Friends of the Kincardine Hospital (FOtKH) has turned to Kincardine council in an attempt to get budget information from the South Bruce Grey Health Centre (SBGHC) board.
FOtKH chairperson Gregg McLelland updated council May 20 on the actions of the group in its very public attempt to wrestle control of the Kincardine Hospital away from its current board.
Since the December public meeting that drew a large crowd of mostly seniors, FOtKH has met with representatives of the South West LHIN, local government and the Ministry of Health. The group has also participated in protests and a rally at Queen’s Park.
A car on
A lunchtime accident caused some chaos at the high school Friday.
A Mazda car caught fire after a collision at Durham Street and River Lane, just outside the front doors of the Kincardine District Secondary School at 12:30 p.m. Friday afternoon.
Most presentations to council don’t involve costume changes.
But Bryan Walden’s did. He, assisted by members of the Kincardine Theatre Guild, gave a presentation to Kincardine council encouraging the municipality to replace the former Town Hall on Queen Street with a multi-million dollar theatre and convention centre.
The Penetangore Centre would be a state-of-the-art 34,000 sq. ft facility backing onto Victoria Park. The building would include a 400-seat theatre, convention and meeting rooms, and art gallery and a rehearsal theatre. Cabaret-style seating would also be included.
According to architectural drawings, Walden plans for a three-storey building. An outdoor amphitheatre would be included to provide an acceptable stage for acts included in the Scottish Festival and the Kincardine Summer Music Festival.
Five years ago, Kincardine completed a strategic plan to map its future development. Municipal staff say it’s time to do another one.
CAO John deRosenroll presented council May 13 with a proposal to undergo a community-wide study to update the municipality’s community plan.
deRosenroll’s proposal calls for a nine-step plan that encourages the community to form a working group to complete a number of workshops and then develop a plan to shape the municipality. A community survey would be among the first steps to help ensure the public becomes involved in the process.
“I think we can do this,” deRosenroll said. “There has to be an engagement of the public and we have to be focused to carry this out.”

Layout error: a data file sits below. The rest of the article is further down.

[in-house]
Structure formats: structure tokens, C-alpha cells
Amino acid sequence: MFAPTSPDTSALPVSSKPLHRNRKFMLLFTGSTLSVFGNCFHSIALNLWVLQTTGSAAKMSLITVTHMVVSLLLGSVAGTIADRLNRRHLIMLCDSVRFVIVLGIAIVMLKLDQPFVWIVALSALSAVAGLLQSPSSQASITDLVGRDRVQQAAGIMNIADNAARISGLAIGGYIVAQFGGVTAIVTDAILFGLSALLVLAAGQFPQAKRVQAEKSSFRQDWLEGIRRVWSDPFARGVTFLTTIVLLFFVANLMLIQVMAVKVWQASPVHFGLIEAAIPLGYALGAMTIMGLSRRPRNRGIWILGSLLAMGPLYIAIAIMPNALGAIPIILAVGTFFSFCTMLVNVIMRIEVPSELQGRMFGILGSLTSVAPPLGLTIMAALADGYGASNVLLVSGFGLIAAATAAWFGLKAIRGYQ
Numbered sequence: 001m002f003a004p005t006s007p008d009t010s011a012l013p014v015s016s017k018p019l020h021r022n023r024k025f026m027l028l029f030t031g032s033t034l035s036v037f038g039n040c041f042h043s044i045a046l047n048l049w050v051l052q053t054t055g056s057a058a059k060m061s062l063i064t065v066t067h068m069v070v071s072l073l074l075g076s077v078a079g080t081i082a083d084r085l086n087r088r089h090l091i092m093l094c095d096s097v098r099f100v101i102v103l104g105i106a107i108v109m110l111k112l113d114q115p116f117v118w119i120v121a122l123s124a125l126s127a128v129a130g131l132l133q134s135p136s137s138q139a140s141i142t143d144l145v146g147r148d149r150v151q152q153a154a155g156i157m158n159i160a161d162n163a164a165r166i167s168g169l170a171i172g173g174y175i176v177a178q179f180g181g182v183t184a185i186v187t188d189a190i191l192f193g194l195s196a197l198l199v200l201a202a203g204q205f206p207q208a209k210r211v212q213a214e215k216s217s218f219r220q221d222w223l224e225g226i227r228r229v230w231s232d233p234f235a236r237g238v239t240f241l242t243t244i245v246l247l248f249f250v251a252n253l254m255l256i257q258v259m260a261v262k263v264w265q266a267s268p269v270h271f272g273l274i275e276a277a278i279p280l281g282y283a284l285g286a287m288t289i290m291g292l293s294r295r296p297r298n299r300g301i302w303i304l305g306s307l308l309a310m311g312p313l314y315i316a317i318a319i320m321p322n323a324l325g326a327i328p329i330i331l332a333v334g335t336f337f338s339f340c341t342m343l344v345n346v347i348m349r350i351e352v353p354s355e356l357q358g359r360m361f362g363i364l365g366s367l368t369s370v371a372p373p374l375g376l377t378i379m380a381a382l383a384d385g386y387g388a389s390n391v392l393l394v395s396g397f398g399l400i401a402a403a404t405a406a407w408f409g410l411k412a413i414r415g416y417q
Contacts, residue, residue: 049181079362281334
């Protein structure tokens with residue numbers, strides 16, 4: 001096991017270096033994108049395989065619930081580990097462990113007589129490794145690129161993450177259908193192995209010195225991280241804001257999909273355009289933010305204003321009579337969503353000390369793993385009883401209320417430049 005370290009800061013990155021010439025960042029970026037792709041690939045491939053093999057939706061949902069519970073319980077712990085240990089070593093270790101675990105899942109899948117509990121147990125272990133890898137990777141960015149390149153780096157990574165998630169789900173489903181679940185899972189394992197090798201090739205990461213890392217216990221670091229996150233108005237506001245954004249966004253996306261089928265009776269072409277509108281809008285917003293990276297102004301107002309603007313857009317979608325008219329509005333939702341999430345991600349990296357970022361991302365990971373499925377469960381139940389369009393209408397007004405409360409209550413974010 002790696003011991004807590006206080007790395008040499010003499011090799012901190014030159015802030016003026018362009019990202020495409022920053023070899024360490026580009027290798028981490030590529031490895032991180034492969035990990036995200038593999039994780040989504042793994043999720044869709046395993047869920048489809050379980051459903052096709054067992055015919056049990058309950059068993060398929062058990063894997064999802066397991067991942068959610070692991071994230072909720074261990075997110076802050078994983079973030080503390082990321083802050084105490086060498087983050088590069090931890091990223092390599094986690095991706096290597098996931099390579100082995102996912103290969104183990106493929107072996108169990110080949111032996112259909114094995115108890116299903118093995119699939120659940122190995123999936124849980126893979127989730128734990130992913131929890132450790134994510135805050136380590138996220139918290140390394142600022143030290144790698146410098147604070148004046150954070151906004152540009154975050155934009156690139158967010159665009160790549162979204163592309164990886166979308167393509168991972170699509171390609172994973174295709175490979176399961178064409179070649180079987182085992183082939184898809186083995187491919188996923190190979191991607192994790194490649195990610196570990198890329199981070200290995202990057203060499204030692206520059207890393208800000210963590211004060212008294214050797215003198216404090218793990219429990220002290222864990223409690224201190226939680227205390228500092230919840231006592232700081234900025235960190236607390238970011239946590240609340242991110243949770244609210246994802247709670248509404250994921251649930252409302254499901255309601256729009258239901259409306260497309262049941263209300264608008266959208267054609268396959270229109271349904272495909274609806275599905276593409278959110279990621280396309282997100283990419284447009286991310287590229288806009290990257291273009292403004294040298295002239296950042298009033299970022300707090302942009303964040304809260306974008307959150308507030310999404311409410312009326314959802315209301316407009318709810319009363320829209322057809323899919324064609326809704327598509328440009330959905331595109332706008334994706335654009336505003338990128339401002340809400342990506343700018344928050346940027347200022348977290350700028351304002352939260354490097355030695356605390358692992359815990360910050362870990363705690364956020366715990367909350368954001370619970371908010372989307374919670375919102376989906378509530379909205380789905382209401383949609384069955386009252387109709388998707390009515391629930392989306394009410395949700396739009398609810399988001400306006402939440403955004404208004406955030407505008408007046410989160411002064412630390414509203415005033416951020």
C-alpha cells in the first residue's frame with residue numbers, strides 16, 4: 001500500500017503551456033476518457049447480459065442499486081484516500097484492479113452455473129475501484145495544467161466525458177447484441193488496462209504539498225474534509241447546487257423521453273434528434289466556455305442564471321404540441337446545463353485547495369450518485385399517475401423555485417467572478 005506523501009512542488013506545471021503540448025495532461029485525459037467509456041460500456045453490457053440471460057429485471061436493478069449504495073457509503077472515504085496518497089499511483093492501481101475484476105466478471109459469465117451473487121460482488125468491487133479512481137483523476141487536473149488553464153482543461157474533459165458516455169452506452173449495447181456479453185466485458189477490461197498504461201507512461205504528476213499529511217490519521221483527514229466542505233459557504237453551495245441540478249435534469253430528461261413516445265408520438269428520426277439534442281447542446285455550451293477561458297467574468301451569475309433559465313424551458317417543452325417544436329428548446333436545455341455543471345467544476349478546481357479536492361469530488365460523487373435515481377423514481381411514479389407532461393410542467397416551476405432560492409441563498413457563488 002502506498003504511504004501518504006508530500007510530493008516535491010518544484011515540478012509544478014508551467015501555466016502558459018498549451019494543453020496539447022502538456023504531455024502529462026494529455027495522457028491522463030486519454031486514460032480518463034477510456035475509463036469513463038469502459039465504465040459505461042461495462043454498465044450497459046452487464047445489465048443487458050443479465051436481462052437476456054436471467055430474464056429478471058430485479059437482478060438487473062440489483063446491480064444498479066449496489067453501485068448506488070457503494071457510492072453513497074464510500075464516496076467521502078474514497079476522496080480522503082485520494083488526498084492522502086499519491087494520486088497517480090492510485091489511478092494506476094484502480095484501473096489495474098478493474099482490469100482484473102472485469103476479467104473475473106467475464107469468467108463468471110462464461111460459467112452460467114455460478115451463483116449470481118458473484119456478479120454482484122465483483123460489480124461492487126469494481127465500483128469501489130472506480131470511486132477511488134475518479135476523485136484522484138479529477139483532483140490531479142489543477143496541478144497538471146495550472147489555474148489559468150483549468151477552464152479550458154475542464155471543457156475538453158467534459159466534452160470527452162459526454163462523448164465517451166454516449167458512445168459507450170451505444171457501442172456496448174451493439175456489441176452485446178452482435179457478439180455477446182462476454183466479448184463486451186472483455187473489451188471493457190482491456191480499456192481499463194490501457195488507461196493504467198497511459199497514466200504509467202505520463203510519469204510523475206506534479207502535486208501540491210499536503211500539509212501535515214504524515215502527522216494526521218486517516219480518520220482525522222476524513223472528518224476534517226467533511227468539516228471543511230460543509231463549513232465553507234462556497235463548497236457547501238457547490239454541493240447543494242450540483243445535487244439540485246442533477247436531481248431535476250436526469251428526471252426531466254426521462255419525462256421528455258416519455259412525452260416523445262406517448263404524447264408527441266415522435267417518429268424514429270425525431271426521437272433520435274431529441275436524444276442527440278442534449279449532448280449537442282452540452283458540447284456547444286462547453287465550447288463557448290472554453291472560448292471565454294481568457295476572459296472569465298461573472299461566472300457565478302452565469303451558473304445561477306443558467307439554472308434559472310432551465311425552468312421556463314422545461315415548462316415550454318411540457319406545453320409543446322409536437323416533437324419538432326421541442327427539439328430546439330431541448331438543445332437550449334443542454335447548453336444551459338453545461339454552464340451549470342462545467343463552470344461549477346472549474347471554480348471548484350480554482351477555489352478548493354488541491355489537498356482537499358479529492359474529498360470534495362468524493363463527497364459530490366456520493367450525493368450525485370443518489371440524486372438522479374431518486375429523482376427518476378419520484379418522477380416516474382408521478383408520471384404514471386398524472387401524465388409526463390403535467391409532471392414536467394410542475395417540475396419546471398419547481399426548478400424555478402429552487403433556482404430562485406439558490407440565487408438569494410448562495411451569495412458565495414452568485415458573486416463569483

A storm early Thursday morning knocked out power and felled this tree on King Street in Tiverton. Four hydro poles came down when the tree toppled. (Katy Stewart photo)
More than 5,800 people in the Kincardine and Tiverton areas were without power Thursday.
A Hydro One representative said Friday morning that all power was restored as of 3:30 p.m. Thursday afternoon.
A wind and rain storm that hit the area Wednesday night and Thursday morning knocked down a transmission station in Tiverton. Then at about 7 a.m., also in Tiverton, a motor vehicle collision knocked down power lines in the area.
Rising operational costs and higher salaries have helped drive up the cost of policing in Kincardine over the next five years.
Kincardine’s policing costs will increase by more than 16 per cent in 2009, as the total cost to police the municipality rises to more than $2.3-million. The total includes $351,048 in operating expenses and more than $2-million in salaries and benefits.
OPP contract analyst Dino Tsitomeneas gave council a rundown of the new policing contract at its May 13 meeting. The previous contract, signed in 2004, expired at the end of April.
Tsitomeneas said the large increase came because the previous year’s costs were based on 2001 cost estimates. Rather than an incremental increase to the total budget annually, Kincardine will now be making up for steep rises in operating costs like fuel and communication all at once.
Eliza Bumba, left, and Dakota Smith hold a banana condiment from Angola as part of their display at Kincardine's annula Multicultural Night. More than 1,500 people attended the event at the Davidson Centre. (Kiel Edge photo)
On the board behind Malcolm and Annette MacDonald are copies of portraits of Kincardine's first dentist and hise wife, Nelson and Emma Gumaer. The MacDonalds, who attended the opening of the exhibit at the Walker House Friday evening, own the paintings, which are currently being restored. (Eric Howald photo)
Kincardine’s latest splash on the music scene comes courtesy of a 7-year-old composer.
Claire Hunsburger bested more than 850 youths in her age group to finish as a finalist in the Music For Young Children’s 2009 International Composition Festival.
The young piano player earned accolades for her original composition, Snowing Again. Hunsburger is a student of Ripley’s Jo Reid.
Claire Hunsberger was a finalist in the 2009 International Composition Festival for her song "It's Snowing Again." (Josh Howald photo)
OPP inspector Paul Holmes has gone from protecting Kincardine’s streets to protecting the world’s leaders.
After 11 years in Kincardine, including time as the detachment’s commander, Holmes has accepted a role with the G8 Integrated Security Unit. The Unit is designed to handle security for the G8 summit in Huntsville next June.
Holmes has been asked to coordinate and operate a prisoner processing centre during the international event, scheduled for June 25-27, 2010. He was initially assigned to the job for only three months but has since been asked to stay on full-time.
“Because consistency in leadership for our officers is of vital importance,” Holmes said, “I will be vacating my position as detachment commander of the South Bruce OPP detachment.”